The yellow fever (YF) 17D vaccine is one of the most effective human vaccines ever created. The YF vaccine has been produced since 1937 in embryonated chicken eggs inoculated with the YF 17D virus. Yet, little information is available about the infection mechanism of YF 17DD virus in this biological model. To better understand this mechanism, we infected embryos of Gallus gallus domesticus and analyzed their histopathology after 72 hours of YF infection. Some embryos showed few apoptotic bodies in infected tissues, suggesting mild focal infection processes. Confocal and super-resolution microscopic analysis allowed us to identify as targets of viral infection: skeletal muscle cells, cardiomyocytes, nervous system cells, renal tubular epithelium, lung parenchyma, and fibroblasts associated with connective tissue in the perichondrium and dermis. The virus replication was heaviest in muscle tissues. In all of these specimens, RT-PCR methods confirmed the presence of replicative intermediate and genomic YF RNA. This clearer characterization of cell targets in chicken embryos paves the way for future development of a new YF vaccine based on a new cell culture system. PMID:26371874

  17. Molecular characterization of full-length MLV-related endogenous retrovirus ChiRV1 from the chicken, Gallus gallus

    Czech Academy of Sciences Publication Activity Database

    Borysenko, L.; Stepanets, Volodymyr; Rynditch, A.V.

    2008-01-01

    Roč. 376, č. 1 (2008), s. 199-204 ISSN 0042-6822 Institutional research plan: CEZ:AV0Z50520514 Keywords : endogenous retrovirus * chicken * phylogeny Subject RIV: EB - Genetics ; Molecular Biology Impact factor: 3.539, year: 2008

  18. Effect of Low Dose Gamma Radiation on Some Biochemical Indicators in the Blood Plasma of Chickens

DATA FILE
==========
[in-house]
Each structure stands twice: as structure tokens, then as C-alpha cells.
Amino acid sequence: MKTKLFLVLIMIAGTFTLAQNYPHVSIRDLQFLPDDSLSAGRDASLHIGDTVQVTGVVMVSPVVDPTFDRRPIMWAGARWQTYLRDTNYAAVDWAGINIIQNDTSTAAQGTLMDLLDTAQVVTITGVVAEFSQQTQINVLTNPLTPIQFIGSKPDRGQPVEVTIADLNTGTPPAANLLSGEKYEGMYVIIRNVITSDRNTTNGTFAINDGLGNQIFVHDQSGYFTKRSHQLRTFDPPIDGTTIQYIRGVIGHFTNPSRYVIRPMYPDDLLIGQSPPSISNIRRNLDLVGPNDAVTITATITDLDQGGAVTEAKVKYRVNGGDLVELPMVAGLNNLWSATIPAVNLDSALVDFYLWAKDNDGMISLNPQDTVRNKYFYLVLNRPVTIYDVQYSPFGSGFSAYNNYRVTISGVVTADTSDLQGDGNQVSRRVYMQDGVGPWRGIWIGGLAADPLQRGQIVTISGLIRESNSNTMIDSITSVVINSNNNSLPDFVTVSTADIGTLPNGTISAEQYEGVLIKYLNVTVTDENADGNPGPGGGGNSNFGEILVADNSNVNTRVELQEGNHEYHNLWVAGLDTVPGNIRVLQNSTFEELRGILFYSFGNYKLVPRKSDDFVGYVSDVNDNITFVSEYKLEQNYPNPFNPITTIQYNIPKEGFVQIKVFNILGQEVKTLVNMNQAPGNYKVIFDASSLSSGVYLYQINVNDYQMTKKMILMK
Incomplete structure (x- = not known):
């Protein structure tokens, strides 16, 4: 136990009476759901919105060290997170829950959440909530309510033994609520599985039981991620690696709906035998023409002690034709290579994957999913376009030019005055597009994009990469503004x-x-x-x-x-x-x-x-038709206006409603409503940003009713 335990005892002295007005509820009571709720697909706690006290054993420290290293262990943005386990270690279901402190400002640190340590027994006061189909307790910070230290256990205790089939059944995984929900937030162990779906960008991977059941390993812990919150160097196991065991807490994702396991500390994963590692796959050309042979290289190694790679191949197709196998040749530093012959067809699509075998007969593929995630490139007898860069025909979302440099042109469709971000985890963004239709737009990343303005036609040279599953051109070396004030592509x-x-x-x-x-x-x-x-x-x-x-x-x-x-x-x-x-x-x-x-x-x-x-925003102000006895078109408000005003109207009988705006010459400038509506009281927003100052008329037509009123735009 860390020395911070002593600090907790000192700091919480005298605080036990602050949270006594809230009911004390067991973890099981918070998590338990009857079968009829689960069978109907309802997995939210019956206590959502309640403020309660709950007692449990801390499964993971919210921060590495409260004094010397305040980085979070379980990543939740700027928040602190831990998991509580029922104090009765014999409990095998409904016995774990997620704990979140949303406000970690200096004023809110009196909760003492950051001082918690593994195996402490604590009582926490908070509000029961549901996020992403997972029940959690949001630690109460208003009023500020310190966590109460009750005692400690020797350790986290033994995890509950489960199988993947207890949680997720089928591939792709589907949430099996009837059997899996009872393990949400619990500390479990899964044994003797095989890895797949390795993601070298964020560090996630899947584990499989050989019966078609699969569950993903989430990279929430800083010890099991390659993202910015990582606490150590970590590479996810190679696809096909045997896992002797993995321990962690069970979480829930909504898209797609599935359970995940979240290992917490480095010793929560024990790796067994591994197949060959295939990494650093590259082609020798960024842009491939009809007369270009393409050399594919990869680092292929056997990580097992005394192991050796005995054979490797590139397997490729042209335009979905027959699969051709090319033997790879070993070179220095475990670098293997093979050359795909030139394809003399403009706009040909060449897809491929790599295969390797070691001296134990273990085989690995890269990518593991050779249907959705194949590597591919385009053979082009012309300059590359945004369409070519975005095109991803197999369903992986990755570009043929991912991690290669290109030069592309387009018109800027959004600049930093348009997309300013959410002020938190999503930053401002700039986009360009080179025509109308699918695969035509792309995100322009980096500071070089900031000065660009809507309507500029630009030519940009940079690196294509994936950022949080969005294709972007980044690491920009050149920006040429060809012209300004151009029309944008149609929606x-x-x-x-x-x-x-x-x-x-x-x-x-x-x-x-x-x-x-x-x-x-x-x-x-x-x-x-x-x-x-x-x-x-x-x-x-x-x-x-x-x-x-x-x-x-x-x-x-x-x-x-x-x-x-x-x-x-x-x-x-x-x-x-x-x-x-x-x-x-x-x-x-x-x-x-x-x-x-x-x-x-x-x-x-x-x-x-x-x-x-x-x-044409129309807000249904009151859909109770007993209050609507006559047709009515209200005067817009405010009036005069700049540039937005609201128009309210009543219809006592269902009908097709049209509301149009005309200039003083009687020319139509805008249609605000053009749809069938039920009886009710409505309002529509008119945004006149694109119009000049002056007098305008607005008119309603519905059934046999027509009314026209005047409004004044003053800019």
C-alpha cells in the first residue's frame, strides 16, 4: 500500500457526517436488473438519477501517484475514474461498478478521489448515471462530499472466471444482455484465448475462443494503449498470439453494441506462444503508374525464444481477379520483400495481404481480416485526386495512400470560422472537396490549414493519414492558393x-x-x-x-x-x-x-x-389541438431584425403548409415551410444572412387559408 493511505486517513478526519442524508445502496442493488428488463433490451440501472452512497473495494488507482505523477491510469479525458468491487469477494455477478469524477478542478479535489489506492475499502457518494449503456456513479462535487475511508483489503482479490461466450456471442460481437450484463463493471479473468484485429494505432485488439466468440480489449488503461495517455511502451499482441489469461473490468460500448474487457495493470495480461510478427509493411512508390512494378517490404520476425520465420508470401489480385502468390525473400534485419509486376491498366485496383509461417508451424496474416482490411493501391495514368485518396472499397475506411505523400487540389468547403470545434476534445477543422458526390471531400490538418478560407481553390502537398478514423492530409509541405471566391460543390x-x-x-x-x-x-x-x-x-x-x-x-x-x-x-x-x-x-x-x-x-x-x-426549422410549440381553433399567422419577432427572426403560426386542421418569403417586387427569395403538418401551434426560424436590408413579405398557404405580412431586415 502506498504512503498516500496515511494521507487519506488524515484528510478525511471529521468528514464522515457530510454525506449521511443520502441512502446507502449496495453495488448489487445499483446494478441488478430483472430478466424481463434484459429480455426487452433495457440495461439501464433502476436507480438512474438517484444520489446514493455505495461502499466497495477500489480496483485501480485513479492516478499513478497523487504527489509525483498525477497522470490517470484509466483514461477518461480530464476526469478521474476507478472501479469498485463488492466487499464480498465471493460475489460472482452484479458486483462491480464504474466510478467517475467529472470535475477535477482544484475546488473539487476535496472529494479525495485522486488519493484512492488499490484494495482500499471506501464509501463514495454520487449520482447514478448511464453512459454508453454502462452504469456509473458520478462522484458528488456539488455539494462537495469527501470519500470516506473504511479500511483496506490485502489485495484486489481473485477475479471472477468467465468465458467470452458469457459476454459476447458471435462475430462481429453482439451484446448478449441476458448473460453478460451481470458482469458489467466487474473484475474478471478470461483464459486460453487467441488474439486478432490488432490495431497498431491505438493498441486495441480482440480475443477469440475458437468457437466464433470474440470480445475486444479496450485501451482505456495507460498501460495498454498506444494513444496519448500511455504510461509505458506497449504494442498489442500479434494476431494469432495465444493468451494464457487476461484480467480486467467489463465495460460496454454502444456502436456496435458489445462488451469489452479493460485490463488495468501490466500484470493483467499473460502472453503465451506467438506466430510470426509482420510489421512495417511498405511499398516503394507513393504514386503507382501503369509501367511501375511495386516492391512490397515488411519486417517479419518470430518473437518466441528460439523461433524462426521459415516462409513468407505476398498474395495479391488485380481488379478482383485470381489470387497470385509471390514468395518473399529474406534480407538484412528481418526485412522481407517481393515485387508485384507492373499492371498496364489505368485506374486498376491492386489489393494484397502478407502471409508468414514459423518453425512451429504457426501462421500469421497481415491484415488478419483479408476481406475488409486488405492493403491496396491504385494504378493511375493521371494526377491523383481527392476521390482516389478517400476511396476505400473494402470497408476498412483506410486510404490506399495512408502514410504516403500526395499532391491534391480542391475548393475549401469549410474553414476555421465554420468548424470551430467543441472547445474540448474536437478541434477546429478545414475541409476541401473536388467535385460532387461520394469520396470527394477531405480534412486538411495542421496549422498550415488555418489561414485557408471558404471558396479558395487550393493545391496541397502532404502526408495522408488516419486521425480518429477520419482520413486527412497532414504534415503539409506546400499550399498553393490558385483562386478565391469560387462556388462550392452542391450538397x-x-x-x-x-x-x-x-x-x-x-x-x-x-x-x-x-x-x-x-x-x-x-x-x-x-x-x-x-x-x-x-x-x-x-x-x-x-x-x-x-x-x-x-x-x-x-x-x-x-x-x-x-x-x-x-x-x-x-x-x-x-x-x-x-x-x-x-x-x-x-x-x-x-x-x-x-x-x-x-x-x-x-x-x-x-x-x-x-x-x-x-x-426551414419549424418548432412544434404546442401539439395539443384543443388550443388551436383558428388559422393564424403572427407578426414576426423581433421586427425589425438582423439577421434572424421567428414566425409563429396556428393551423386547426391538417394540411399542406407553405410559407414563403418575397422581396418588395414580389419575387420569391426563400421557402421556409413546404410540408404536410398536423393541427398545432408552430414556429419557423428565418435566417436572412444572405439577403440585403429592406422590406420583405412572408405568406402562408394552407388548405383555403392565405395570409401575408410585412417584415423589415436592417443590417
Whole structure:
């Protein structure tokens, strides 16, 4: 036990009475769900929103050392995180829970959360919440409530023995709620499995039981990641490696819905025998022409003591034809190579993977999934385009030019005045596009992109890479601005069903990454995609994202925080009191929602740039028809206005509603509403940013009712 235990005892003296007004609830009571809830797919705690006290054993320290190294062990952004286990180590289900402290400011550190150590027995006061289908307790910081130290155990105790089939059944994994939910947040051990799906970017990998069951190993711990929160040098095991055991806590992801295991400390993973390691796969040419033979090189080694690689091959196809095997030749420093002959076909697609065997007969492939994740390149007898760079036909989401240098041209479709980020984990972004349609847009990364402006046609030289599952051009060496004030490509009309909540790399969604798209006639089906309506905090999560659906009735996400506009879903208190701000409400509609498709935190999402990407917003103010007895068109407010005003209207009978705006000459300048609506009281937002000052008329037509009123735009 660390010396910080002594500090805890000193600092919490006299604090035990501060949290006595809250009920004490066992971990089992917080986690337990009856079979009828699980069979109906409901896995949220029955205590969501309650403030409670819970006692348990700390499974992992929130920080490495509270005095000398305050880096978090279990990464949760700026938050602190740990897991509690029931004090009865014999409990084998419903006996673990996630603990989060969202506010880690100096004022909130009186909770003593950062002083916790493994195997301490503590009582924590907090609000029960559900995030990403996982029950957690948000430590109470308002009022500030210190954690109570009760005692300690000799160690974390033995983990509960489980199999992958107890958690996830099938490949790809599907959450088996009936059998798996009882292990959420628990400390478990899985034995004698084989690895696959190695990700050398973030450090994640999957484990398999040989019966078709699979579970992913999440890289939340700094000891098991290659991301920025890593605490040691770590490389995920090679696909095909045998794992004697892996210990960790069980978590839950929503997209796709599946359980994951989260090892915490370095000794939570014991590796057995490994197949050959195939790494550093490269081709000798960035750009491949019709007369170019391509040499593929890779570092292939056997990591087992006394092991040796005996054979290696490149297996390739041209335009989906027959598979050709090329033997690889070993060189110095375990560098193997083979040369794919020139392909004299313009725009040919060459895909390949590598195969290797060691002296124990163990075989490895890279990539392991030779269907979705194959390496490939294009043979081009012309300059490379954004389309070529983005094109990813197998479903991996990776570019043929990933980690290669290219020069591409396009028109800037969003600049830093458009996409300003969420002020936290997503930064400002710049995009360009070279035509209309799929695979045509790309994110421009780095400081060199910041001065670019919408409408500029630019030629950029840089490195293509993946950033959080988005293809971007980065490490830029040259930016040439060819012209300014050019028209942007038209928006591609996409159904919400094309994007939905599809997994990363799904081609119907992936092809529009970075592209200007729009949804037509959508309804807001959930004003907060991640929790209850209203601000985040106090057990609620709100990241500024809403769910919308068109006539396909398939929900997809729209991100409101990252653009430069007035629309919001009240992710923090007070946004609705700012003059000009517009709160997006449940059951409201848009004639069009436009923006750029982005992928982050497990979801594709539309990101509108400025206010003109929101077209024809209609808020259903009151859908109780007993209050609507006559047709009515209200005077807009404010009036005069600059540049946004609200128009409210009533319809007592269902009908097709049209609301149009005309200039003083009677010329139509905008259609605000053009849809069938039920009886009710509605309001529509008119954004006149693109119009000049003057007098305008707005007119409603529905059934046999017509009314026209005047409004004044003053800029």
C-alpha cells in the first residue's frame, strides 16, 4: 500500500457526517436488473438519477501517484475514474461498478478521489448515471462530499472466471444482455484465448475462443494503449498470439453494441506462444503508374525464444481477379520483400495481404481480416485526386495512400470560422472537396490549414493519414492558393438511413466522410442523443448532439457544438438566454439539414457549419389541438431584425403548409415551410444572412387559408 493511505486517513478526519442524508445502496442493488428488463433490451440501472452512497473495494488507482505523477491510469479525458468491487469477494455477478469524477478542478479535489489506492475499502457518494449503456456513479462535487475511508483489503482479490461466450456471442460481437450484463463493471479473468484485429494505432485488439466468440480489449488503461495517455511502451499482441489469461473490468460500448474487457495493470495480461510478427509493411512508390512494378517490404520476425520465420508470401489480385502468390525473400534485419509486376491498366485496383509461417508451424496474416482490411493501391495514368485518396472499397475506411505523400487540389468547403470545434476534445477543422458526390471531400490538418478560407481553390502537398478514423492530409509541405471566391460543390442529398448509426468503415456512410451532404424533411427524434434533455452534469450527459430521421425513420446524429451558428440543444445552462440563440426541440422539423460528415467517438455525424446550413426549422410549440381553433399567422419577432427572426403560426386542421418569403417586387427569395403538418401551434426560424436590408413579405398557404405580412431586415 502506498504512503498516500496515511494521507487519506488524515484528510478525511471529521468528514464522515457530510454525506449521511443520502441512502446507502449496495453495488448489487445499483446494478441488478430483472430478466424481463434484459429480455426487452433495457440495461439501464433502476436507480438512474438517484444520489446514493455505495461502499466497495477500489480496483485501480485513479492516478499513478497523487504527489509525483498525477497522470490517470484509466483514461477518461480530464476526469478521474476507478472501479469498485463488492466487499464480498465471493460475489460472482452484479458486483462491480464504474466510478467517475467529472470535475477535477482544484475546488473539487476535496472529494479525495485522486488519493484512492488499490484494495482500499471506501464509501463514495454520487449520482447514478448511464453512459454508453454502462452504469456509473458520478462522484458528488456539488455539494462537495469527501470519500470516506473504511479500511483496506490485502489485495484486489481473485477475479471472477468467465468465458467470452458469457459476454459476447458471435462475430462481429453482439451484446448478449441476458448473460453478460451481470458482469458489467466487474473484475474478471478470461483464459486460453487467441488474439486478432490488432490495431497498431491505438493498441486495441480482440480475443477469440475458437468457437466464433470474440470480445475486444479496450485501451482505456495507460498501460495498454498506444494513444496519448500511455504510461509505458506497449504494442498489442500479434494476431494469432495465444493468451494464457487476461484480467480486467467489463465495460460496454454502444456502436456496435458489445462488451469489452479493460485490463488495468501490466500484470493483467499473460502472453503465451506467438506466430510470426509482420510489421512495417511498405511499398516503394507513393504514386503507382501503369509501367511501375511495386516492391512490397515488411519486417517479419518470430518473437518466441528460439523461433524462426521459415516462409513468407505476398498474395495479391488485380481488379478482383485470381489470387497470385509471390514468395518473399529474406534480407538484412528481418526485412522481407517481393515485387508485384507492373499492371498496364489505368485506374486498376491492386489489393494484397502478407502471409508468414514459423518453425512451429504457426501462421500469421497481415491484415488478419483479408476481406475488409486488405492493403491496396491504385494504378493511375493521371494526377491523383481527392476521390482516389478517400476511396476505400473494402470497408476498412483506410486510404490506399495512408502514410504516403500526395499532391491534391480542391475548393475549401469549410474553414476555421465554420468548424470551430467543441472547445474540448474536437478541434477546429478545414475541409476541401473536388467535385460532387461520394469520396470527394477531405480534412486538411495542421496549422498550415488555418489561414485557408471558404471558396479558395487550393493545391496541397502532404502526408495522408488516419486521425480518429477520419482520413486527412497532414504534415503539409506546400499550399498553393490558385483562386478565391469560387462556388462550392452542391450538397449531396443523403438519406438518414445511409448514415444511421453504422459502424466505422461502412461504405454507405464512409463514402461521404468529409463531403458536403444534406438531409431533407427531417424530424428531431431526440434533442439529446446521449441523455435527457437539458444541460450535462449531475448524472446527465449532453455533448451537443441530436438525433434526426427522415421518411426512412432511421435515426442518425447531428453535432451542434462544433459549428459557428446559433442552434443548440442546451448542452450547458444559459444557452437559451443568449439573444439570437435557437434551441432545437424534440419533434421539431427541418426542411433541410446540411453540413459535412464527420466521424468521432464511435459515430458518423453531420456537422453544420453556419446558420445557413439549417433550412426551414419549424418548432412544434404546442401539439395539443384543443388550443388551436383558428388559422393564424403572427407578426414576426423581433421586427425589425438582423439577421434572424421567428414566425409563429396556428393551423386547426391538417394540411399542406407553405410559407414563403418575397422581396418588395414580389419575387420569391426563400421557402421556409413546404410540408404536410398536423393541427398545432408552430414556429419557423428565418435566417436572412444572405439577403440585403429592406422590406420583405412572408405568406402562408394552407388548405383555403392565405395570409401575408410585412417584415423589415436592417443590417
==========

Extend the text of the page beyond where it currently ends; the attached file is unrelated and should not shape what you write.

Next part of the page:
International Nuclear Information System (INIS)

    Kraljevic, P.; Simpraga, M.; Vilic, M.; Miljanic, S.

    2001-01-01

    Full text: An attempt was made to determine the effect of irradiation of eggs by low dose ionising radiation before incubation on concentration of total protein, glucose and cholesterol in the blood plasma of chickens hatched from irradiated eggs. The eggs of heavy breeding chickens were irradiated by dose of 0.15 Gy gamma radiation ( 60 Co) before incubation. Along with the chickens which were hatched from irradiated eggs, there was the control group of chickens hatched from nonirradiated eggs. All other conditions were the same for the both groups. After hatching, blood samples were taken from the wing vein on days 1, 3, 5, 7, 10, 20, 30 and 42. The concentration of all three parameters was determined spectrophotometrically using Boehringer Mannheim GmbH optimized kits. The concentration of total protein was significantly decreased in the blood plasma of chickens hatched from irradiated eggs on days 3, 7 and 30 and increased only on day 5. The concentration of glucose in the blood plasma was increased in the same chickens on days 1 and 30. The concentration of the cholesterol was decreased in the same chickens on day 7, and increased on day 10. Obtained results indicate that low-dose of gamma radiation has effects on some metabolic processes in the chickens hatched from eggs irradiated before incubation. (author)

  19. In Ovo Vaccination with Turkey Herpesvirus Hastens Maturation of Chicken Embryo Immune Responses in Specific-Pathogen-Free Chickens.

    Science.gov (United States)

    Gimeno, Isabel M; Faiz, Nik M; Cortes, Aneg L; Barbosa, Taylor; Villalobos, Tarsicio; Pandiri, Arun R

    2015-09-01